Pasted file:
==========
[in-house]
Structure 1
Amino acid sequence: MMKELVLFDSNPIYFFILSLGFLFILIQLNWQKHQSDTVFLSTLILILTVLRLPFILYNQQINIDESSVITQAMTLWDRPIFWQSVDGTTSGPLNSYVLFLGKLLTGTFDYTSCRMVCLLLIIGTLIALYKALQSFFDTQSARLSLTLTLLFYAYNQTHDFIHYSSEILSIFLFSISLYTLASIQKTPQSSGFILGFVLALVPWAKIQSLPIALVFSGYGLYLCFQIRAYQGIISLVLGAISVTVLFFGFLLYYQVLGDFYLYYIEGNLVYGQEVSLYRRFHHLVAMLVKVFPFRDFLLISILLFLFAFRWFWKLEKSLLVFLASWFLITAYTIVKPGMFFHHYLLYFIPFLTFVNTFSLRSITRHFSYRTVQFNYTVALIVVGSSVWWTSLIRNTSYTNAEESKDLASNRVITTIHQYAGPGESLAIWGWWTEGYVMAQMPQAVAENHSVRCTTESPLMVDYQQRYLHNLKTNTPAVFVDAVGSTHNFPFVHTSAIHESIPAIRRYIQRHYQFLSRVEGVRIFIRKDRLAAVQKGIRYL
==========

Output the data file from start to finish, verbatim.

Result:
[in-house]
Structure 1
Amino acid sequence: MMKELVLFDSNPIYFFILSLGFLFILIQLNWQKHQSDTVFLSTLILILTVLRLPFILYNQQINIDESSVITQAMTLWDRPIFWQSVDGTTSGPLNSYVLFLGKLLTGTFDYTSCRMVCLLLIIGTLIALYKALQSFFDTQSARLSLTLTLLFYAYNQTHDFIHYSSEILSIFLFSISLYTLASIQKTPQSSGFILGFVLALVPWAKIQSLPIALVFSGYGLYLCFQIRAYQGIISLVLGAISVTVLFFGFLLYYQVLGDFYLYYIEGNLVYGQEVSLYRRFHHLVAMLVKVFPFRDFLLISILLFLFAFRWFWKLEKSLLVFLASWFLITAYTIVKPGMFFHHYLLYFIPFLTFVNTFSLRSITRHFSYRTVQFNYTVALIVVGSSVWWTSLIRNTSYTNAEESKDLASNRVITTIHQYAGPGESLAIWGWWTEGYVMAQMPQAVAENHSVRCTTESPLMVDYQQRYLHNLKTNTPAVFVDAVGSTHNFPFVHTSAIHESIPAIRRYIQRHYQFLSRVEGVRIFIRKDRLAAVQKGIRYL